Elizabeth Kenny (1880-1952), nurse, was born on 20 September 1880 at Warialda, New South Wales, daughter of Michael Kenny, farmer from Ireland, and his native-born wife Mary, née Moore. She received limited education at small primary schools in New South Wales and Queensland. There is no official record of formal training or registration as a nurse. She probably learned by voluntary assistance at a small maternity hospital at Guyra, New South Wales. About 1910 Kenny was a self-appointed nurse, working from the family home at Nobby on the Darling Downs, riding on horseback to give her services, without pay, to any who called her. In 1911 she used hot cloth fomentations on the advice of Aeneas McDonnell, a Toowoomba surgeon, to treat symptomatically puzzling new cases, diagnosed by him telegraphically as infantile paralysis (poliomyelitis). The patients recovered. Kenny then opened a cottage hospital at Clifton.read more
Grace Emily Munro (1879-1964), a founder of the Country Women’s Association, was born on 25 March 1879 at Gragin, Warialda, New South Wales, second of seven daughters of George Hollinworth Gordon, grazier, and his Victorian wife Eliza Frances, née Macdonald. She was educated by governesses and at Kambala school, Sydney. An accomplished horsewoman, she could drive a buggy at a gallop as well as any man. She was also a good shot, an expert needlewoman and a knowledgeable gardener.read more
Aileen Fitzpatrick (1897-1974), community worker, teacher and social work educator, was born on 17 August 1897 at Warialda, New South Wales, daughter of native-born parents Stephen Thomas Fitzpatrick, schoolteacher, and his wife Julia, née Hamilton. Educated at public schools in the country and at Sydney Girls’ High School, Aileen passed the Leaving certificate in 1915. She studied classics at the University of Sydney (B.A., 1919) and was employed by the Department of Education.read more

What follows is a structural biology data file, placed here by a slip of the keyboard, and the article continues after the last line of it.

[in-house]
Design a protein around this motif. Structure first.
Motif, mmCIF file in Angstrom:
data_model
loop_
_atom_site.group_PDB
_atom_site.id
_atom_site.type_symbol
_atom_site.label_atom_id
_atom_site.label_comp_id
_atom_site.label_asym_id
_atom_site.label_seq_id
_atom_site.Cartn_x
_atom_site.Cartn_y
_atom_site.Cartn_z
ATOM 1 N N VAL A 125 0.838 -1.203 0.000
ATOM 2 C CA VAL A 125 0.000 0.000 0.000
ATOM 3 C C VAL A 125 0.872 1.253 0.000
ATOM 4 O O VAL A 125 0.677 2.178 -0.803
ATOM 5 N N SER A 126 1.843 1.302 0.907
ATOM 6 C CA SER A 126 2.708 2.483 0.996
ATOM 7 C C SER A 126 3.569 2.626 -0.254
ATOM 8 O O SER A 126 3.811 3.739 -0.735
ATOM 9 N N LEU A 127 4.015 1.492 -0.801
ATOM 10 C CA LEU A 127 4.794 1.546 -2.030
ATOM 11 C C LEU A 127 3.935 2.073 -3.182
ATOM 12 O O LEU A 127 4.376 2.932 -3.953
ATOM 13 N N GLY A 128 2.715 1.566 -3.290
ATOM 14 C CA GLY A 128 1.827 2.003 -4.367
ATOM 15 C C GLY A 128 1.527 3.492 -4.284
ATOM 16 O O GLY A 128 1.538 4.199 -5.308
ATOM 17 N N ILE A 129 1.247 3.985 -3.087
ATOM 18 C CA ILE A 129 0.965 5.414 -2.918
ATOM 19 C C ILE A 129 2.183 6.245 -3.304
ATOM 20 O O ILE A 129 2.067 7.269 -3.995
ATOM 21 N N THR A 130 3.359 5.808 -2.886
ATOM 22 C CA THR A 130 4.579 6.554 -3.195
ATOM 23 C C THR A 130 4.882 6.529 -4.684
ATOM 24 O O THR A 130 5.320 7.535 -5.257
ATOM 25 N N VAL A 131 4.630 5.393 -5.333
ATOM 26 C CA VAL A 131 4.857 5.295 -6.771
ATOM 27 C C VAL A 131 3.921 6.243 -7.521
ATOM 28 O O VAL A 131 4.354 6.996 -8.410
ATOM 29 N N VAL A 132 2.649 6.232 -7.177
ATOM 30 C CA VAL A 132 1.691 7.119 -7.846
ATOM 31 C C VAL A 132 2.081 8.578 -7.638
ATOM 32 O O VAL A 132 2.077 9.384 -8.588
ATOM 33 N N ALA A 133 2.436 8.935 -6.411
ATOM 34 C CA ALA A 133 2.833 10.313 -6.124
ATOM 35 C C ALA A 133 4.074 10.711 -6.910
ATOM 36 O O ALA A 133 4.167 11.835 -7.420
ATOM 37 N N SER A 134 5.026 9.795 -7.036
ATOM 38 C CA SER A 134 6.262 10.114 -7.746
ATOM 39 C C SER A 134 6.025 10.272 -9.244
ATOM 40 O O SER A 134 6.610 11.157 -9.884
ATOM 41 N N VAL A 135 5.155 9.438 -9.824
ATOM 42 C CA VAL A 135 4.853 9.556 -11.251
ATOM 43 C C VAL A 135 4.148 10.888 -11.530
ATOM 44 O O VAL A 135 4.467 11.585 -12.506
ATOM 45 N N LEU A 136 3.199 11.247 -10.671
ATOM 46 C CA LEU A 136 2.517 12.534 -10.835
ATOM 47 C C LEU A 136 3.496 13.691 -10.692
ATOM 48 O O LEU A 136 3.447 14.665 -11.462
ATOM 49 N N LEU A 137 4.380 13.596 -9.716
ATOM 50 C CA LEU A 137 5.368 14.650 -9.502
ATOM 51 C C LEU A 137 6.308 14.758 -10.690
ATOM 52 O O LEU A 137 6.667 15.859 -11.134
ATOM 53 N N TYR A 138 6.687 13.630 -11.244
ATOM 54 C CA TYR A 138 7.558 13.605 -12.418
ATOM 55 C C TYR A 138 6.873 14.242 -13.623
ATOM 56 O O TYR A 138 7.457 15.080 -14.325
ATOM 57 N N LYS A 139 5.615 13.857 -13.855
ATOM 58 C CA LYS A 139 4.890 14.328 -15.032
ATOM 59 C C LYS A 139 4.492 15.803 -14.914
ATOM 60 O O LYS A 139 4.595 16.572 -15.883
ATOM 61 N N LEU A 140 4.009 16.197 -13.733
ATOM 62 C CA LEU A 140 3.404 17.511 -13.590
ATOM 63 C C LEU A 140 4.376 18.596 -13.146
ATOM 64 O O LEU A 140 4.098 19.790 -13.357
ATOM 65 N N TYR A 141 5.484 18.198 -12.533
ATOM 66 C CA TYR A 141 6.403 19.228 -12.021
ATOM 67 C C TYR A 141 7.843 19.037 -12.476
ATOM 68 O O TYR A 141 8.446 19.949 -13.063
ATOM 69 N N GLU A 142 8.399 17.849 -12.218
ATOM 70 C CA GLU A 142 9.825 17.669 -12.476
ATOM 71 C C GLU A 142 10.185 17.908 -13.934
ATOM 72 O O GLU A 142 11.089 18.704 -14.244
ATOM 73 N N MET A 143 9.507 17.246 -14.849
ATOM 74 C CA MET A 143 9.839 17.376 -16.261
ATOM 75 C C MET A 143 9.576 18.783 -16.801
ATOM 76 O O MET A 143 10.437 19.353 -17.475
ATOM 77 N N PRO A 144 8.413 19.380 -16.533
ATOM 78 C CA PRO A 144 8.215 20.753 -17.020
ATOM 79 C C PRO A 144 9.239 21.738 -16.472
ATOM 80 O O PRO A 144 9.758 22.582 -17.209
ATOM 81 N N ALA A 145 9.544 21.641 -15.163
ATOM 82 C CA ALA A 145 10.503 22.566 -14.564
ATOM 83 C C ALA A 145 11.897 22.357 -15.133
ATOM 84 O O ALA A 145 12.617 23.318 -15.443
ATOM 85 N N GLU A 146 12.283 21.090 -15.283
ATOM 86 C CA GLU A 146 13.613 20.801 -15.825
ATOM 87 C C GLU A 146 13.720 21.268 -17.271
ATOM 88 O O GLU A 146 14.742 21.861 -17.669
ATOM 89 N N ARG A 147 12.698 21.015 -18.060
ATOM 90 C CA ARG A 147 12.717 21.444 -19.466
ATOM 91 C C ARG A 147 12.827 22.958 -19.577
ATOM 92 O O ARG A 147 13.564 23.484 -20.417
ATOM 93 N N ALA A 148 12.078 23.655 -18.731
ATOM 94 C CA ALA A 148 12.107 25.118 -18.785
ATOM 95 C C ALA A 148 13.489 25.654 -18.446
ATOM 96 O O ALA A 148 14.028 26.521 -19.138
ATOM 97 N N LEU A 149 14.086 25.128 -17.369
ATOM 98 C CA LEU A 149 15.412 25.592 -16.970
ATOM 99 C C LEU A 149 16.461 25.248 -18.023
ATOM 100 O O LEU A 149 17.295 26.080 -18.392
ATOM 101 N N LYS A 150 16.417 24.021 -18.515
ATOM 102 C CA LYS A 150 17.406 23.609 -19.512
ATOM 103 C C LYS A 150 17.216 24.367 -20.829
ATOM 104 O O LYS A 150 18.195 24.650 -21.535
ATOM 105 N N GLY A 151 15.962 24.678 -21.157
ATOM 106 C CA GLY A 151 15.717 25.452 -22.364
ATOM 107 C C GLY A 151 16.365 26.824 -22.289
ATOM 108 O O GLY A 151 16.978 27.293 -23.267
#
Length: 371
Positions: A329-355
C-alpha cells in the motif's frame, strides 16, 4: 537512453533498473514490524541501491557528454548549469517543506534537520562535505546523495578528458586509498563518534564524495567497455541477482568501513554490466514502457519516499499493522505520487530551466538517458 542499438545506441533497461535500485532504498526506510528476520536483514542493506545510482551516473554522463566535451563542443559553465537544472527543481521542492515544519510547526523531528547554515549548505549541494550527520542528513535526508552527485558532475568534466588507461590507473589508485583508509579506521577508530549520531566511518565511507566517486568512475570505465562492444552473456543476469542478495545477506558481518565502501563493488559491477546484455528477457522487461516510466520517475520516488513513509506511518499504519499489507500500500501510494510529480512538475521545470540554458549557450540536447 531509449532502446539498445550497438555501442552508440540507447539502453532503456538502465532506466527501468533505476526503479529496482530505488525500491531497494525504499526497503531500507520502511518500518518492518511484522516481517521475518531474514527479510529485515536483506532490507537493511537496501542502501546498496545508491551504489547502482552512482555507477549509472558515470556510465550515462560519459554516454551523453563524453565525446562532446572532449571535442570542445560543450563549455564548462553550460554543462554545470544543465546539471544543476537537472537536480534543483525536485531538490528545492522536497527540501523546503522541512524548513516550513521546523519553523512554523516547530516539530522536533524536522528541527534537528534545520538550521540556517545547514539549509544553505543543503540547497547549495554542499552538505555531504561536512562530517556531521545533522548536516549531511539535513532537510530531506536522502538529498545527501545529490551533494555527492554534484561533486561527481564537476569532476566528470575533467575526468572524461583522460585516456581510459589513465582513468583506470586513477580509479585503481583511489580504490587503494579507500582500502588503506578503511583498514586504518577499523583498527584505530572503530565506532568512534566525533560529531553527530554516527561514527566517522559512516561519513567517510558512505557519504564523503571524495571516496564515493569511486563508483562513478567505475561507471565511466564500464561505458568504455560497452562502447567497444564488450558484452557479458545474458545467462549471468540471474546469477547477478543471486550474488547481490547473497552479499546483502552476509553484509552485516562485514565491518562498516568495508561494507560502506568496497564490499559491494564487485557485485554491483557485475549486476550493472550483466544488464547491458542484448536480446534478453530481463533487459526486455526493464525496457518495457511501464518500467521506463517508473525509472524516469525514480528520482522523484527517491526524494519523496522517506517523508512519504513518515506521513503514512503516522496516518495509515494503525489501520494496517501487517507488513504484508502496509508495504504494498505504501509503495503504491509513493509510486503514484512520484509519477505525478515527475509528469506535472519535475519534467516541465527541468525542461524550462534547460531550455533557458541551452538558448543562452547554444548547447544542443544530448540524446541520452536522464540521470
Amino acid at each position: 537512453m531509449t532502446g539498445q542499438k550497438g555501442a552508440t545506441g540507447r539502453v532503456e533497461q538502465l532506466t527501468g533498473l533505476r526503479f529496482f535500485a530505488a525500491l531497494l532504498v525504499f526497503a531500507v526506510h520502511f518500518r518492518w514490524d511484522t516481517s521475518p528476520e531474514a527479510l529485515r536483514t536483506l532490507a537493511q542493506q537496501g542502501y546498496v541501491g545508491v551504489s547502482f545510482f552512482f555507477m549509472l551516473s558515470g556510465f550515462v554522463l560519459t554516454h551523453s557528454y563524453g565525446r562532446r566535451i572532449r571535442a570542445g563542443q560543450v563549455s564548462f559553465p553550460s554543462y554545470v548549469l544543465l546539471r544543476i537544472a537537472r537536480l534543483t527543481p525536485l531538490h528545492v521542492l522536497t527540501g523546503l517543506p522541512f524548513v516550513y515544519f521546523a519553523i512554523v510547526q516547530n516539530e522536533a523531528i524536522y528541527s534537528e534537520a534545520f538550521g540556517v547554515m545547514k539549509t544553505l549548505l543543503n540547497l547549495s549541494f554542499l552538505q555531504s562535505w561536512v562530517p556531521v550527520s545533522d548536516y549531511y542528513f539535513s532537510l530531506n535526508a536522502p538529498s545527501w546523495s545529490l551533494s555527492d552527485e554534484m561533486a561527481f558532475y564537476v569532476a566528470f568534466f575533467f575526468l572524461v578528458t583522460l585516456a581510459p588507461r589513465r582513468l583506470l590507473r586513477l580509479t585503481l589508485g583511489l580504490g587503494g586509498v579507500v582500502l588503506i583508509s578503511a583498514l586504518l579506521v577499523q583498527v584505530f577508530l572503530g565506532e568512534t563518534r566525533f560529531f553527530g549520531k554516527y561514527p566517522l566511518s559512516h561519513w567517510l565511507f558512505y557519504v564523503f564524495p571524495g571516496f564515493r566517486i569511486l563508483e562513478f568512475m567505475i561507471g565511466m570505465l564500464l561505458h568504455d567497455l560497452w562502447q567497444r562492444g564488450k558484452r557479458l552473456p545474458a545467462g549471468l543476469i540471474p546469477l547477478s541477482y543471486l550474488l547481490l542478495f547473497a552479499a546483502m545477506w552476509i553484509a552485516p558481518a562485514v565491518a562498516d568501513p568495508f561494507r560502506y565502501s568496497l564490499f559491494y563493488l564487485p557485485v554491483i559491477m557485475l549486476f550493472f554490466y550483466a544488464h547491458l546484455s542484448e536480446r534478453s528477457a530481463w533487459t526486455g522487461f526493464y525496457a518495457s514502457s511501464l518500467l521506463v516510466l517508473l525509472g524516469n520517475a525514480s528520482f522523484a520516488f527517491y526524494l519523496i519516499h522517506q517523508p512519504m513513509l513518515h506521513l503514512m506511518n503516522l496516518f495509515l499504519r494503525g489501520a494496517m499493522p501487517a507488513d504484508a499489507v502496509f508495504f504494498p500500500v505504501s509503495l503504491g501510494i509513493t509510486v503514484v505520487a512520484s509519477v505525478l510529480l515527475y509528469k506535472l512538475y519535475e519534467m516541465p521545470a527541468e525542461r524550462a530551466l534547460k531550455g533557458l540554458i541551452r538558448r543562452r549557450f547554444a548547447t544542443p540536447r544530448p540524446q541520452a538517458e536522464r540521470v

Aubrey Lawson (1914-1977), motorcycle rider, was born on 5 April 1914 near Warialda, New South Wales, second son of native-born parents John Stafford Lawson, grazier, and his wife Blanche Ethel, née Atkins. In 1924 the family moved to Sydney. On leaving Naremburn Junior Technical School, Aub worked in the Postmaster-General’s Department as a telegraph messenger (from 1929) and motor driver (from 1936). In 1933 he joined the Australian Corps of Signals, Militia. read more
Cleal, Noel (1958–) Second Row 1983-1989
A powerhouse centre/second row forward from Warialda. ‘Crusher’ Cleal first came to prominence playing on the wing for Northern Division against Great Britain in 1979. Noel Cleal had captain-coached Wondai to a premiership in Qld, represented Wide Bay and then Country NSW while playing for Scone. Cleal came to Sydney to play for the Roosters from Sawtell in 1980, playing centre in the grand final loss to the Bulldogs.